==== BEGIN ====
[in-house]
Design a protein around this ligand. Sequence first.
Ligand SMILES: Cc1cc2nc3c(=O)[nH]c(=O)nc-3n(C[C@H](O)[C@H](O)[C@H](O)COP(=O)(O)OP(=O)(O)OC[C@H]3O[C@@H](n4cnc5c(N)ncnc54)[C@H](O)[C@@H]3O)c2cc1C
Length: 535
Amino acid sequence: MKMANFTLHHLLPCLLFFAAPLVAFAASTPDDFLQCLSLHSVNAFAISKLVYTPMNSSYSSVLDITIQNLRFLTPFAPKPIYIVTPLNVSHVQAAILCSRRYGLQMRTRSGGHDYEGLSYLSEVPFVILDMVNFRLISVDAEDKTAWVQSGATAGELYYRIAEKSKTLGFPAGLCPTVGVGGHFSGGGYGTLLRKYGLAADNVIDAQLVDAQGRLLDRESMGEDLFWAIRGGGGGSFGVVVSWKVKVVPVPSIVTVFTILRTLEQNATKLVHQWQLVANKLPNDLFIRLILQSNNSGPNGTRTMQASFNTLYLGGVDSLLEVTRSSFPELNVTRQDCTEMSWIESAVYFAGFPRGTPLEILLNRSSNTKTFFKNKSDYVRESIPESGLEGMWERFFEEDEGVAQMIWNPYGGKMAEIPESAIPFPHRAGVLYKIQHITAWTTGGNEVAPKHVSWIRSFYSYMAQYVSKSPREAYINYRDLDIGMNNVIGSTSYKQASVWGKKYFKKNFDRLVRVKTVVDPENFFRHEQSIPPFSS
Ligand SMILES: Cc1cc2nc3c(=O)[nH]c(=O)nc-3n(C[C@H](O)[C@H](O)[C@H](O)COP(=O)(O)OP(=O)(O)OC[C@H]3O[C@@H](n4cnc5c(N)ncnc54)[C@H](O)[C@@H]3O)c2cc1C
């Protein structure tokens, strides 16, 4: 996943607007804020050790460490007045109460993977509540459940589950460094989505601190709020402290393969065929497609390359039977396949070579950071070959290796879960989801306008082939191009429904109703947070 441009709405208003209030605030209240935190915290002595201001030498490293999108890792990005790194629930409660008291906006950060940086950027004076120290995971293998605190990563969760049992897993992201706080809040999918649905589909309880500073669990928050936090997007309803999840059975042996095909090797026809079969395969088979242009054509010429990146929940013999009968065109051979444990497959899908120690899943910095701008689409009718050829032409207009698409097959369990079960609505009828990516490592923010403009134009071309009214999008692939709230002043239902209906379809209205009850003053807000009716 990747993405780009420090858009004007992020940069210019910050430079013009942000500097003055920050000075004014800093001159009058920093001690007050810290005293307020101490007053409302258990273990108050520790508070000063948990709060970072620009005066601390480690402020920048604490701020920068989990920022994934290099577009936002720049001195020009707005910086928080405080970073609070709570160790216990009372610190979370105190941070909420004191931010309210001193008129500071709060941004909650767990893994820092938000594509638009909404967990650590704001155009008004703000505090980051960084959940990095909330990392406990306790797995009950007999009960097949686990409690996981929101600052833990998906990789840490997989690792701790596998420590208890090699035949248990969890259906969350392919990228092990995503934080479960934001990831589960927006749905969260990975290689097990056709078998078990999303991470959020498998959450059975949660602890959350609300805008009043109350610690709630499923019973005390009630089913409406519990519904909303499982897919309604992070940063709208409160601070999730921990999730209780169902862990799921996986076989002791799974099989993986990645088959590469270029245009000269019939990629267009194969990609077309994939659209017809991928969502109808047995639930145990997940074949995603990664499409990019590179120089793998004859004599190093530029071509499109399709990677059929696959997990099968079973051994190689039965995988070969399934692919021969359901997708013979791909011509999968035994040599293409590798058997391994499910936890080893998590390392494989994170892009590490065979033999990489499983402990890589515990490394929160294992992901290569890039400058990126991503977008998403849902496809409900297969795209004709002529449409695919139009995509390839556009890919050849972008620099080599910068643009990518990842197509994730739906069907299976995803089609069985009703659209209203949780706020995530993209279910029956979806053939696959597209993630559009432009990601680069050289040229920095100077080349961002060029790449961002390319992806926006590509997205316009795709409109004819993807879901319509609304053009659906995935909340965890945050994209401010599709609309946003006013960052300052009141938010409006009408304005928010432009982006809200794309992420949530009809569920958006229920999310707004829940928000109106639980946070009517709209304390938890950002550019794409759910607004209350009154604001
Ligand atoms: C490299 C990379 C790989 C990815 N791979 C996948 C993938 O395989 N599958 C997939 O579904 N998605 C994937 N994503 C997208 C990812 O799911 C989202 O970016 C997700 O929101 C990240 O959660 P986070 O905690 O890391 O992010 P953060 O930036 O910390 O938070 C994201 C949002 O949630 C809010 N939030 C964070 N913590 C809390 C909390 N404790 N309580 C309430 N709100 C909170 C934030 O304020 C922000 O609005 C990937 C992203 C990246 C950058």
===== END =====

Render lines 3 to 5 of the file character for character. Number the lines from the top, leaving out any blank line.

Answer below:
Ligand SMILES: Cc1cc2nc3c(=O)[nH]c(=O)nc-3n(C[C@H](O)[C@H](O)[C@H](O)COP(=O)(O)OP(=O)(O)OC[C@H]3O[C@@H](n4cnc5c(N)ncnc54)[C@H](O)[C@@H]3O)c2cc1C
Length: 535
Amino acid sequence: MKMANFTLHHLLPCLLFFAAPLVAFAASTPDDFLQCLSLHSVNAFAISKLVYTPMNSSYSSVLDITIQNLRFLTPFAPKPIYIVTPLNVSHVQAAILCSRRYGLQMRTRSGGHDYEGLSYLSEVPFVILDMVNFRLISVDAEDKTAWVQSGATAGELYYRIAEKSKTLGFPAGLCPTVGVGGHFSGGGYGTLLRKYGLAADNVIDAQLVDAQGRLLDRESMGEDLFWAIRGGGGGSFGVVVSWKVKVVPVPSIVTVFTILRTLEQNATKLVHQWQLVANKLPNDLFIRLILQSNNSGPNGTRTMQASFNTLYLGGVDSLLEVTRSSFPELNVTRQDCTEMSWIESAVYFAGFPRGTPLEILLNRSSNTKTFFKNKSDYVRESIPESGLEGMWERFFEEDEGVAQMIWNPYGGKMAEIPESAIPFPHRAGVLYKIQHITAWTTGGNEVAPKHVSWIRSFYSYMAQYVSKSPREAYINYRDLDIGMNNVIGSTSYKQASVWGKKYFKKNFDRLVRVKTVVDPENFFRHEQSIPPFSS